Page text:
Making official what was reported earlier this week, the Astros announced that they’ve come to an agreement with No. 1 overall pick Mark Appel.
Appel, who turned down $3.8 million from the Pirates last year as the No. 8 pick, is expected to receive around $6.35 million. That means returning for his senior season at Stanford turned out very well for Appel, but it also means the Astros would save around $1.45 million compared to the recommended slot bonus for the No. 1 pick, which they can then use to sign other picks.
As a senior Appel went 10-4 with a 2.12 ERA and 130/23 K/BB ratio in 106 innings, holding opponents to a .203 batting average and just two homers in 395 at-bats. Appel is from Houston and Astros owner Jim Crane talked about the right-hander returning home, adding that “hopefully it won’t be too long until he’s ready for the big leagues.”
Last year the Astros passed on Appel with the No. 1 pick to take high school shortstop Carlos Correa, who’s currently hitting .304 with an .830 OPS in 55 games at low Single-A as an 18-year-old.
Oft-injured pitcher Josh Johnson is retiring from baseball, ESPN’s Jerry Crasnick is reporting.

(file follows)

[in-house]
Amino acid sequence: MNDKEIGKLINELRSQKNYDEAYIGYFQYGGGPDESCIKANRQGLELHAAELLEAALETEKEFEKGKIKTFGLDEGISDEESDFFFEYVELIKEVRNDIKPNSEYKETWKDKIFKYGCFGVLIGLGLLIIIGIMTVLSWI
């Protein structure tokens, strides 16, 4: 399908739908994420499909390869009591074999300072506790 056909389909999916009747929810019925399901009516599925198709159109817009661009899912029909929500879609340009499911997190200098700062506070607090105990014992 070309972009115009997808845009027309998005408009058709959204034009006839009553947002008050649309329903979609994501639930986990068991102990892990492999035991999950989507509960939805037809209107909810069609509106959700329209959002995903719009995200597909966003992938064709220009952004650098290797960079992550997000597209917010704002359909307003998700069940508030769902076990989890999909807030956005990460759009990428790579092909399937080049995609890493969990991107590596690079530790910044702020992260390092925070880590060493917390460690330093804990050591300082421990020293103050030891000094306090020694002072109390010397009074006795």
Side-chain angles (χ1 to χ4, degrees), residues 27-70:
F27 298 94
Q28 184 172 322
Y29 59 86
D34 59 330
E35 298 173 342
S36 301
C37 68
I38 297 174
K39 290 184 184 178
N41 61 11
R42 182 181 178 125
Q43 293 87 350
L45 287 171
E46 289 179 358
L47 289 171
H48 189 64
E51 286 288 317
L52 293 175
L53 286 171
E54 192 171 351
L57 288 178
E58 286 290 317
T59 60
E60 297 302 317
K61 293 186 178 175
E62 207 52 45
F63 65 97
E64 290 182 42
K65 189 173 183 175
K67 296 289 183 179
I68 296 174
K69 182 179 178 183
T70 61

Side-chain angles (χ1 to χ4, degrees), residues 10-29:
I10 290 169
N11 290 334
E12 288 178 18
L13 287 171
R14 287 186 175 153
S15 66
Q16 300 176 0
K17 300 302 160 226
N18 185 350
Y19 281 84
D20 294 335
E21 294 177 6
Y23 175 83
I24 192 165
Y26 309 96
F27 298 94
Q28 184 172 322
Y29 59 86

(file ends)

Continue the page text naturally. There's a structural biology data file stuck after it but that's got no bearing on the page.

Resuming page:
Johnson, 32, hasn’t pitched in the majors since 2013. The right-hander underwent his third Tommy John surgery in September 2015 but wasn’t able to bounce back.
Johnson spent most of his career with the Marlins, but also pitched for the Blue Jays in the big leagues, as well as the Padres in the minors. He retires with a career 3.40 ERA, 915 strikeouts across 998 innings in the majors, and two All-Star nominations. Johnson led the National League with a 2.30 ERA in 2010, finishing fifth in NL Cy Young Award balloting. One wonders what he could have accomplished if he was able to stay healthy.
The Angels are nearing a multi-year deal with free agent third baseman Luis Valbuena, Jeff Fletcher of the Orange County Register reports. It’s believed to be a two-year contract with a third-year option.
Valbuena, 31, hit .260/.357/.459 with 13 home runs and 40 RBI in 342 plate appearances in 2016. He missed most of the second half with a hamstring injury, for which he underwent surgery in late August.
Valbuena has played a majority of his career at third base, but also has extensive experience at second base and has racked up innings at first base and shortstop as well. He won’t play every day for the Angels, as Yunel Escobar lays claim to third base and C.J. Cron first base, but he will give them flexibility and a left-handed bat off the bench.